Updated: August 25, 2020 1:53:16 pm
A Delhi court has discharged eight members of the Tablighi Jamaat who were facing trial at Saket district court, stating that there was “no prima facie evidence” against them. As reported by The Indian Express, while a majority of foreign Tablighi Jamaat members had taken plea deals and left for their countries, 44 had decided to face trial in Delhi.
The Jamaat was in news in March after the Nizamuddin Markaz emerged as a hotspot. As many as 955 foreigners were chargesheeted by Delhi Police for allegedly violating Visa conditions, indulging in missionary activities and not following the government’s Covid guidelines.
The court also discharged the rest of the 36 under section 14 of the Foreigners Act and IPC sections 270 and 271. They still face charges under the Epidemic Act, Disaster Management Act and other IPC sections.
Chief Metropolitan Magistrate Gurmohina Kaur, while discharging the eight, observed, “The entire chargesheet and documents attached thereto neither show his presence or participation at the Markaz during the relevant period. There is also no document on record to suggest that he was one of the participants involved in Tabligh’s work as are the allegations. Neither the copy of the register seized and placed on record, nor the list of SDM providing details of persons who were sent from the Markaz either to hospitals or quarantine centers, or the list of persons who were part of the Markaz and were tested for Covid, specifically mentions the name of the present accused, so as to even show his prima facie involvement or presence, as alleged in the chargesheet, at the Markaz. Even for this court to proceed further, there has to be some prima facie evidence against the accused, which is not so…”
On the discharge applications of the remaining 36, it said, “It is pertinent to mention that there is no disclosure statement of any of the accused on record; rather there is a questionnaire filled up by the accused wherein he has stated that he is a follower.”
The court also went through the statements of assistant sub-inspectors Mahboob Ali and Rakesh Kumar and stated: “… if these statements are read as a whole, they do not specifically allege the role of the accused in professing and propagating the principles and doctrines of the Tablighi Jamaat, and are merely general statements.”
“In fact, there is not an iota of evidence to suggest that the present accused had in any manner professed or were propagating the principles and doctrines of the Tablighi Jamaat or had indulged in Tablighi work as alleged. The chargesheet is silent on this fact and the register relied upon by the prosecution only corroborates the fact of their presence or attendance at the Tablighi Jamaat, but it nowhere shows that the accused had violated the conditions mentioned in… the Visa Manual.”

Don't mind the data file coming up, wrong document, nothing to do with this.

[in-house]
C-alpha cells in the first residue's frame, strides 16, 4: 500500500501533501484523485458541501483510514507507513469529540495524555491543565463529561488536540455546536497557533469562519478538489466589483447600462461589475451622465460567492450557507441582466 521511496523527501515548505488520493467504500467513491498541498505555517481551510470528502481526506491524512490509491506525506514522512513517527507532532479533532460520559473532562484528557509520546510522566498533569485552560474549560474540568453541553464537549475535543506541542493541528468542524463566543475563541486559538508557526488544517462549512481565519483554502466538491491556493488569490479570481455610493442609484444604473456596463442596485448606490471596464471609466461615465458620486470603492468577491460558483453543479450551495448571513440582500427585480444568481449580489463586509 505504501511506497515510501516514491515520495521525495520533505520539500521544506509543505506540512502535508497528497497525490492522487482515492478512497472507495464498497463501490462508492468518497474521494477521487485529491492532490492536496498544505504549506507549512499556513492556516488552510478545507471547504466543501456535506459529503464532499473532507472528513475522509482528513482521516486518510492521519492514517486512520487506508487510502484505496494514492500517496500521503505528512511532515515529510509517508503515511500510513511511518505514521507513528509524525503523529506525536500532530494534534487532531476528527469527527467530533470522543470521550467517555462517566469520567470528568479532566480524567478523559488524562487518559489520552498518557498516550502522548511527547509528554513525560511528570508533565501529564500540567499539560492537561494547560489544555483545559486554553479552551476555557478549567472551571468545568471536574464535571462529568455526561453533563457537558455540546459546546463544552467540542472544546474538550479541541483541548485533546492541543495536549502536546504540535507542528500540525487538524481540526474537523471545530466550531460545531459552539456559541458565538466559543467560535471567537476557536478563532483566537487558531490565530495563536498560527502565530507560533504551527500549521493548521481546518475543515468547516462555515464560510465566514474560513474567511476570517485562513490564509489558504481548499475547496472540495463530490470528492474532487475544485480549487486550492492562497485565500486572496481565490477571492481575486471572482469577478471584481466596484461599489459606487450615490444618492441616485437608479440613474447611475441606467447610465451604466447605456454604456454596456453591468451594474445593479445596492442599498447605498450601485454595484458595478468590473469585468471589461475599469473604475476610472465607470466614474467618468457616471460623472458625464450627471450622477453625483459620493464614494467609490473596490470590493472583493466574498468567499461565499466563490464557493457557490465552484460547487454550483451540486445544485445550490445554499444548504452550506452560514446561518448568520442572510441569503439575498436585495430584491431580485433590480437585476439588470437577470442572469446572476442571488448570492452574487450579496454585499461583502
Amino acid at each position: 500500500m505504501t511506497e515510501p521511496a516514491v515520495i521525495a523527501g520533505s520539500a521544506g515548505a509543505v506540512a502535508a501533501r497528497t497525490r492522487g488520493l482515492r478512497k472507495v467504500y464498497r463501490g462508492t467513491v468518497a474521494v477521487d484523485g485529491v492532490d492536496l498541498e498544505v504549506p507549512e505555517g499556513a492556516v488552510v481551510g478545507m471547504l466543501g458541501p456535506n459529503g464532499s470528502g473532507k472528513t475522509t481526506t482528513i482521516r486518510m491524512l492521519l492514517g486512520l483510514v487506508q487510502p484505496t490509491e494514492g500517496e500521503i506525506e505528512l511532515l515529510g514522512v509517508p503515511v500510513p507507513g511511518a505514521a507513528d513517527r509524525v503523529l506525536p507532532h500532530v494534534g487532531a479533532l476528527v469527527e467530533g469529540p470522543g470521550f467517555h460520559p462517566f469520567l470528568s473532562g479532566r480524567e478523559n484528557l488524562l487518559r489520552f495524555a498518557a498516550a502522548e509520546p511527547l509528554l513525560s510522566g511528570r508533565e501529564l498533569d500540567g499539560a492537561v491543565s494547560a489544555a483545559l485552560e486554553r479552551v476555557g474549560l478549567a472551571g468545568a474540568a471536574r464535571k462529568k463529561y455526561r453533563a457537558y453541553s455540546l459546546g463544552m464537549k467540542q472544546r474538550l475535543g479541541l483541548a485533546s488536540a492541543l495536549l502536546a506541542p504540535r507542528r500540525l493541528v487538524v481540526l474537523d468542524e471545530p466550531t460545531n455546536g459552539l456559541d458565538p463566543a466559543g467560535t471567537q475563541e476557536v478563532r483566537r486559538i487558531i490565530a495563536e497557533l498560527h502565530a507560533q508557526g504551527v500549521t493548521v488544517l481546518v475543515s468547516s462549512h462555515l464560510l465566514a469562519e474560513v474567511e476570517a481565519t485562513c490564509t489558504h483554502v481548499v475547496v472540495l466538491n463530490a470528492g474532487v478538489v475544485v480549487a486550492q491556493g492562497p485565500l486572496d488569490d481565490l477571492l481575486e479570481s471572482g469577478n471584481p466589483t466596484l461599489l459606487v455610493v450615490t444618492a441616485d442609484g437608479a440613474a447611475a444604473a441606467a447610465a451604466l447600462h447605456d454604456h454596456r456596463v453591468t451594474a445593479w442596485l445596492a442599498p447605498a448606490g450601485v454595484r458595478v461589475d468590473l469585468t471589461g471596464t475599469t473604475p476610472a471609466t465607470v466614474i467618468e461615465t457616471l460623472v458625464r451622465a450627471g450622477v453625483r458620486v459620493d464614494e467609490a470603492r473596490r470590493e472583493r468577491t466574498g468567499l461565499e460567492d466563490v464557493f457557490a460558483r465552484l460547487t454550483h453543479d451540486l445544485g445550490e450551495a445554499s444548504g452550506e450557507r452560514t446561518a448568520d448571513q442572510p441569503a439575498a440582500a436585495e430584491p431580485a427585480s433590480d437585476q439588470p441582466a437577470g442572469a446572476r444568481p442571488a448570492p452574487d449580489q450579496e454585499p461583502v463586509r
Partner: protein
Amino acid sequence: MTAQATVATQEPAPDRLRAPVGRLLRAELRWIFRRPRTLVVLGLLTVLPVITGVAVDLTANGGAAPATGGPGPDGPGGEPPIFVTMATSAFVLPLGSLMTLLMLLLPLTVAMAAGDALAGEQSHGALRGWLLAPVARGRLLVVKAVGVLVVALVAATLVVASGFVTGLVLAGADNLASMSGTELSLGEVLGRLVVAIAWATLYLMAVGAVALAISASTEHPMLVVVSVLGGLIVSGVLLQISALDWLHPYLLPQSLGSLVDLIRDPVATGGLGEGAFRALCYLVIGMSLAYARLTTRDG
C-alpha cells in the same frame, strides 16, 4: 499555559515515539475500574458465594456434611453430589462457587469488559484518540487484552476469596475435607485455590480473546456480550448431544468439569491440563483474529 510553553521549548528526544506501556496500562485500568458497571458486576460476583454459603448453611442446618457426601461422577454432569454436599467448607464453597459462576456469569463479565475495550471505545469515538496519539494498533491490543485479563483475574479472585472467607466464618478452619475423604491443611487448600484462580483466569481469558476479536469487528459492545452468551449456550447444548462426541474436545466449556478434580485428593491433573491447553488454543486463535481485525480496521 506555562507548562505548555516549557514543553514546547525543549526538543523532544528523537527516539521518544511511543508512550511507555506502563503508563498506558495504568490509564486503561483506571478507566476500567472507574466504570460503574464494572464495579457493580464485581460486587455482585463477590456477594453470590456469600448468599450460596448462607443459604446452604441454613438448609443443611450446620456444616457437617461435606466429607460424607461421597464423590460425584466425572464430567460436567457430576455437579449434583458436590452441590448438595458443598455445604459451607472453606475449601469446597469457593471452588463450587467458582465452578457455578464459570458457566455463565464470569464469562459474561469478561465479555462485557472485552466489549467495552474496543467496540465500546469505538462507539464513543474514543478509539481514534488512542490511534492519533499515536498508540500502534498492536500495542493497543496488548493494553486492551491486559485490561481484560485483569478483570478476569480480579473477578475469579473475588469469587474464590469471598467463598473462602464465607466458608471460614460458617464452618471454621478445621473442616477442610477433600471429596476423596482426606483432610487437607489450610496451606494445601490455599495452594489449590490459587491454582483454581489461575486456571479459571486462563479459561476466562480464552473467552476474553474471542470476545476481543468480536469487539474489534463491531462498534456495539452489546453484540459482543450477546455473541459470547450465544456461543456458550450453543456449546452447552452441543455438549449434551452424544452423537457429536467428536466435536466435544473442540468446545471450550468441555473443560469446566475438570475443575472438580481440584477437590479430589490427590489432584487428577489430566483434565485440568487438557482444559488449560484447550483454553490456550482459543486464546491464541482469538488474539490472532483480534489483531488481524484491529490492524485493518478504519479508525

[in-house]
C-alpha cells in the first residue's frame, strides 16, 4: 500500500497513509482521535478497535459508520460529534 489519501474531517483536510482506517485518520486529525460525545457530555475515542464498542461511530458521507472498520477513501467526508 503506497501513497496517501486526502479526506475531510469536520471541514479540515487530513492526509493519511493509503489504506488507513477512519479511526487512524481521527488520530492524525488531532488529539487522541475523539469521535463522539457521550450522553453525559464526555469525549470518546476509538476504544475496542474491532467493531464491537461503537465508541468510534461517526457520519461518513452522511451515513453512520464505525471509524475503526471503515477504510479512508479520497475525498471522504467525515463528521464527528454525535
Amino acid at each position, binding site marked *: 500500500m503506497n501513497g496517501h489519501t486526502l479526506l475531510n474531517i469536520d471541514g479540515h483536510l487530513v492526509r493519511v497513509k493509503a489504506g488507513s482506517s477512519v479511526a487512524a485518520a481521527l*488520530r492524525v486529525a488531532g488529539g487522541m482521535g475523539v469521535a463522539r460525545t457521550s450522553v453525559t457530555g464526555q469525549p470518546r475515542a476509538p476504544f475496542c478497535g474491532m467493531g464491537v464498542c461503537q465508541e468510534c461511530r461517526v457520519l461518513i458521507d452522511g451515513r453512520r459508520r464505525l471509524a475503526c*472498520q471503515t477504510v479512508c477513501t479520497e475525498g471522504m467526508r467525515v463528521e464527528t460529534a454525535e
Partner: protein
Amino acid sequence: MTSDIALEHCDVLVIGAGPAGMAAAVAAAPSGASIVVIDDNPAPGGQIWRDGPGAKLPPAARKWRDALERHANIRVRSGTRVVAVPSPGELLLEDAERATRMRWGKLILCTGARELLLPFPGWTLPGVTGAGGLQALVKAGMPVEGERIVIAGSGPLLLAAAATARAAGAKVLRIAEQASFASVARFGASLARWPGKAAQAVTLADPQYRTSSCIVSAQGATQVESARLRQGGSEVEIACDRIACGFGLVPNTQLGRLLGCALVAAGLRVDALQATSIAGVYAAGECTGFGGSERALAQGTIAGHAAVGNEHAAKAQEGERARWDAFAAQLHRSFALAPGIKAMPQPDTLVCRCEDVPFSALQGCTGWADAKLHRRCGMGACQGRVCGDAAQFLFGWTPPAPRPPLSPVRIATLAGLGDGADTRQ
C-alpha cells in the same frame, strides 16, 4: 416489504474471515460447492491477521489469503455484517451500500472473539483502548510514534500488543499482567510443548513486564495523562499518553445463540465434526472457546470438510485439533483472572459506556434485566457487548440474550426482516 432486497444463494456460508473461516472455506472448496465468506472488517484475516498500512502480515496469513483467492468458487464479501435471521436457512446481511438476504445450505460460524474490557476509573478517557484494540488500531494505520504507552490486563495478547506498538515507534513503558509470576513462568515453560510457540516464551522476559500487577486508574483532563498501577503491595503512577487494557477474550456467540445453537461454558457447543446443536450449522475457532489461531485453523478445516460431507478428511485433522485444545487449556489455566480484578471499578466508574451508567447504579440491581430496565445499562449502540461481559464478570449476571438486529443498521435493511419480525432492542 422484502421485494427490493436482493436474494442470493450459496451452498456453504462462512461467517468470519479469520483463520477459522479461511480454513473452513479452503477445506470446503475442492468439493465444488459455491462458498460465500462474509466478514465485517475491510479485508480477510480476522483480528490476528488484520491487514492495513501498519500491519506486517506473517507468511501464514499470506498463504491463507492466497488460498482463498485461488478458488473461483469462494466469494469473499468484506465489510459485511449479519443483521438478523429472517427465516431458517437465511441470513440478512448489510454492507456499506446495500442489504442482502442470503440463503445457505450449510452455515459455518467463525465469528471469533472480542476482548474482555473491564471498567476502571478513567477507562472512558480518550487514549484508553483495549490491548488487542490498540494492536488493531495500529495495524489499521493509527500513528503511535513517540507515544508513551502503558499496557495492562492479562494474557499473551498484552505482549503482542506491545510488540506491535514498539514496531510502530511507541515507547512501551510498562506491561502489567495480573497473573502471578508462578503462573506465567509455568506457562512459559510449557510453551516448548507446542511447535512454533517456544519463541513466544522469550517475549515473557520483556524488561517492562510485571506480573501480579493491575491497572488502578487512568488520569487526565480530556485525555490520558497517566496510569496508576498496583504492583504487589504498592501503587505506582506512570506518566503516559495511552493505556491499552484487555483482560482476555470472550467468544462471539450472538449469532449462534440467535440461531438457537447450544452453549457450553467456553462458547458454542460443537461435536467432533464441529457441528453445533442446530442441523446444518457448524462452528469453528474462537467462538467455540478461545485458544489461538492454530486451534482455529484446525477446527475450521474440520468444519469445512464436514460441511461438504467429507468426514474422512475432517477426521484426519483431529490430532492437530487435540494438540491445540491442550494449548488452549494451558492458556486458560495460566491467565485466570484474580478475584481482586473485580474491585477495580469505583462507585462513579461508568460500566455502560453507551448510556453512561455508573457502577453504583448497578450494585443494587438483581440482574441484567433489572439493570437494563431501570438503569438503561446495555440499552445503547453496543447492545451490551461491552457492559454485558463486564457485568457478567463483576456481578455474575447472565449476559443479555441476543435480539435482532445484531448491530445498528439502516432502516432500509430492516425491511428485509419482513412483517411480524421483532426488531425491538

The Delhi Police had opposed the discharge application of the accused persons by submitting that there was “sufficient prima facie evidence” in the chargesheet and documents to proceed against them. Police had submitted an MHA circular to state that the accused arrived in India on a tourist Visa but were “were involved in Tablighi work” in violation of the Visa Manual.
The Tablighis were represented by lawyers Rebecca John and Ashima Mandla.
Nurbek Dosmukanbet Uulu, a 45-year-old welder from Kyrgyzstan, was among the eight discharged by court. He had arrived in India on December 8, 2019 and spent around 25 days in Patna before moving to Delhi.
“I had left the markaz building much before the outbreak of Covid and was in another mosque in Delhi. I was taken to a quarantine centre at Dwarka from that mosque and had to spend the months of April and May there. At the centre, I underwent 4 Covid tests and was negative every single time,” Uulu said.
Uulu, the sole breadwinner in his family, said his wife and four children await him back home. “I feel happy that the truth has been established. I did not break any law at all. Even after so much false news and propaganda, at least there are judges who seek the truth,” he said.
(With inputs from Sourav Roy Barman)
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